Version: 2022.3
Language : English
Script serialization errors
Script compilation

JSON Serialization

Use the JsonUtility class to convert Unity objects to and from the JSON format. For example, you can use JSON Serialization to interact with web services, or to easily pack and unpack data to a text-based format.

JSON Serialization uses a notion of “structured” JSON: you create a class or structure to describe what variables you want to store in your JSON data. For example:

public class MyClass
    public int level;
    public float timeElapsed;
    public string playerName;

This defines a plain C# class containing three variables (level, timeElapsed, and playerName) and marks it with the Serializable attribute, in order to work with the JSON serializer. To create an instance of your class, you can use something like this:

MyClass myObject = new MyClass();
myObject.level = 1;
myObject.timeElapsed = 47.5f;
myObject.playerName = "Dr Charles Francis";

Then use the JsonUtility.ToJson method to serialize it (convert it) to the JSON format:

string json = JsonUtility.ToJson(myObject);
// json now contains: '{"level":1,"timeElapsed":47.5,"playerName":"Dr Charles Francis"}'

To convert the JSON back into an object, use JsonUtility.FromJson:

myObject = JsonUtility.FromJson<MyClass>(json);

This creates a new instance of MyClass and sets the values on it using the JSON data. If the JSON data contains values that do not map to fields in MyClass, then the serializer ignores those values. If the JSON data is missing values for fields in MyClass, then the serializer leaves the constructed values for those fields in the returned object.

Overwriting objects with JSON

You can also deserialize JSON data over an existing object, which overwrites any existing data:

JsonUtility.FromJsonOverwrite(json, myObject);

If the JSON data does not contain a value for a field, the serializer does not change that field’s value. This method allows you to keep allocations to a minimum by reusing objects that you created previously. It also allows you to “patch” objects by deliberately overwriting them with JSON that only contains a small subset of fields.

Warning: The JSON Serializer API supports MonoBehaviour and ScriptableObject subclasses as well as plain structs and classes. However, when deserializing JSON into subclasses of MonoBehaviour or ScriptableObject, you must use the FromJsonOverwrite method. If you try to use FromJson, Unity throws an exception because this behavior is not supported.

Supported types

The JSON Serializer API supports any MonoBehaviour subclass, ScriptableObject subclass, or plain class or struct with the [Serializable] attribute. When you pass in an object to the standard Unity serializer for processing, the same rules and limitations apply as they do in the Inspector: Unity serializes fields only; and types like Dictionary<> are not supported.

Unity does not support passing other types directly to the API, such as primitive types or arrays. If you need to convert those, wrap them in a class or struct of some sort.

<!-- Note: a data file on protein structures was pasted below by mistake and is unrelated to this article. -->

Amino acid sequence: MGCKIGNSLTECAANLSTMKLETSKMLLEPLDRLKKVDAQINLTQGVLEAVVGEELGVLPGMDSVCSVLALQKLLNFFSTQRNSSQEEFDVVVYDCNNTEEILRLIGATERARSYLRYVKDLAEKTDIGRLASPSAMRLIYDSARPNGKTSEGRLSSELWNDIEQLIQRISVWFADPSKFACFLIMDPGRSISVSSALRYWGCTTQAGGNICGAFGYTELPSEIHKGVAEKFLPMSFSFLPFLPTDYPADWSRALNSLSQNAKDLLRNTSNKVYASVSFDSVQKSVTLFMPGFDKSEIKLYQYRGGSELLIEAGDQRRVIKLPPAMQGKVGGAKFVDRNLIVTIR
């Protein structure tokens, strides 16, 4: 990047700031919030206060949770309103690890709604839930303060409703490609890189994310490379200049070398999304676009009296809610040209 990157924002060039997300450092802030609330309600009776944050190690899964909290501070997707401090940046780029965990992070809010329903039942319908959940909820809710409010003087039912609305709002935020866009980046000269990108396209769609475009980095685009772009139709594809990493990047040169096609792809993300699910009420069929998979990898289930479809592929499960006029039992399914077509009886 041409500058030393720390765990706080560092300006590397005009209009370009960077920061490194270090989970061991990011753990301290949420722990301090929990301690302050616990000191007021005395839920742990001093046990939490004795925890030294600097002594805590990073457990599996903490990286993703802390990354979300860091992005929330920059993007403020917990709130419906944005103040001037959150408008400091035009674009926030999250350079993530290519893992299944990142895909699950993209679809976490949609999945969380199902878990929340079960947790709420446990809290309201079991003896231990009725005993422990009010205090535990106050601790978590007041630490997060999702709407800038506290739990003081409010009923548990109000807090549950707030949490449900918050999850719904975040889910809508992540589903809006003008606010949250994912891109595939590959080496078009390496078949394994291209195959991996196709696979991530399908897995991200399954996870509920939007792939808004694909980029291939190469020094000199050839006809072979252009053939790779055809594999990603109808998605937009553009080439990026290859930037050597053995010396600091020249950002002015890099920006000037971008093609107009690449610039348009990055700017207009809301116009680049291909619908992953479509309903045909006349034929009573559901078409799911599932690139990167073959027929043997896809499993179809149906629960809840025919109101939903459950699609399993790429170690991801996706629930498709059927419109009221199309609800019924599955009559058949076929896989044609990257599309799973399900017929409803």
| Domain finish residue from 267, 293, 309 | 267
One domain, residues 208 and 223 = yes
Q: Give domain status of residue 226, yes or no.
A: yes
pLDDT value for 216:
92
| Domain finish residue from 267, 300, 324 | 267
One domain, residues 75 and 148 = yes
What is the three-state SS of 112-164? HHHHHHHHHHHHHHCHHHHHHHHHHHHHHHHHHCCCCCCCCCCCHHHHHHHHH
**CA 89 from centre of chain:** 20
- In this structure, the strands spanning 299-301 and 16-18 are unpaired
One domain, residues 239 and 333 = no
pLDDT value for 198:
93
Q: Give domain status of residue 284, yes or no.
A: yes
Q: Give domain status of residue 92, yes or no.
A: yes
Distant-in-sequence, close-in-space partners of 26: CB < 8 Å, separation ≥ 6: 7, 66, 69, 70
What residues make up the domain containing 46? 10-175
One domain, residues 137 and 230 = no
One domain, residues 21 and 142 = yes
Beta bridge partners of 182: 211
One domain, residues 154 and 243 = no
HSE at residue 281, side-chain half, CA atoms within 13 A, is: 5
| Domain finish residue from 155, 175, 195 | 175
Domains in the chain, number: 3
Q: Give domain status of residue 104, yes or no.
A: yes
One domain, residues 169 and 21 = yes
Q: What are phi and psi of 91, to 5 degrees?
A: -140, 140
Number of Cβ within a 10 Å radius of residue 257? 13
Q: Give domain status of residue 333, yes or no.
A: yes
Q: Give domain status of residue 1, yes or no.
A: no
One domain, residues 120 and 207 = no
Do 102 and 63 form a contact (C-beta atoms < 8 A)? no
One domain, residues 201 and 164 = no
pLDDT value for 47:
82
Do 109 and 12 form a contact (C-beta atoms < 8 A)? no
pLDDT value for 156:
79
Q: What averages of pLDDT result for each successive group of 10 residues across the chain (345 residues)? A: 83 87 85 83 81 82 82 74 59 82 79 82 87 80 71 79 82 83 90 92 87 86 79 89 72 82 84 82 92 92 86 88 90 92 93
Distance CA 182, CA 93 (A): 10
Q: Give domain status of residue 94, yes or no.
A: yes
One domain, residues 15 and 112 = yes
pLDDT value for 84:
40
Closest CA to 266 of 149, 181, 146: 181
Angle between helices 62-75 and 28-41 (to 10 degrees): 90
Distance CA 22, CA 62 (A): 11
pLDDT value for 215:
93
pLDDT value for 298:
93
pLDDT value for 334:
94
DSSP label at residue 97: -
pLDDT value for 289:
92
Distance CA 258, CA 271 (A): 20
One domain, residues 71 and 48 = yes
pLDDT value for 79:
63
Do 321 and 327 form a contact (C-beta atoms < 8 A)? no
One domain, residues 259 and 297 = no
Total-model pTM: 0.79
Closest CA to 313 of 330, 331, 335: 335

In the Editor only, there is a parallel API, EditorJsonUtility, which allows you to serialize any object derived from UnityEngine.Object both to and from JSON. This produces JSON that contains the same data as the YAML representation of the object.

JsonUtility and EditorJsonUtility are utility classes for serializing Objects to and from JSON’s string format using Unity serialization rules. In cases where it’s necessary to manipulate JSON data through code, or to serialize data structures that Unity’s serialization doesn’t support, you can use a general purpose .NET JSON library as a companion to the JsonUtility API.


Benchmark tests indicate that JsonUtility is significantly faster than popular .NET JSON solutions, even though this class provides fewer features in some cases.

Memory usage for garbage collection (GC) is at a minimum:

  • ToJson allocates GC memory only for the returned string.
  • FromJson allocates GC memory only for the returned object, as well as any subobjects needed (for example, if you deserialize an object that contains an array, then Unity allocates GC memory for the array).
  • FromJsonOverwrite allocates GC memory only as necessary for written fields (for example, strings and arrays). This means that Unity does not allocate any GC memory at all if all the fields being overwritten by the JSON are value-typed.

You can use the JsonUtility API from a background thread. However, as with any multithreaded code, be careful not to access or alter an object on one thread while another thread is serializing or deserializing it.

Controlling the output of ToJson()

The ToJson method supports pretty-printing the JSON output. It is off by default but you can turn it on by passing true as the second parameter.

You can omit fields from the output by using the [NonSerialized] attribute.

Using FromJson() with unknown types

If you don’t know the type of an object ahead of time, deserialize the JSON into a class or struct that contains “common” fields, and then use the values of those fields to work out what actual type you want. Then deserialize a second time into that type.

Script serialization errors
Script compilation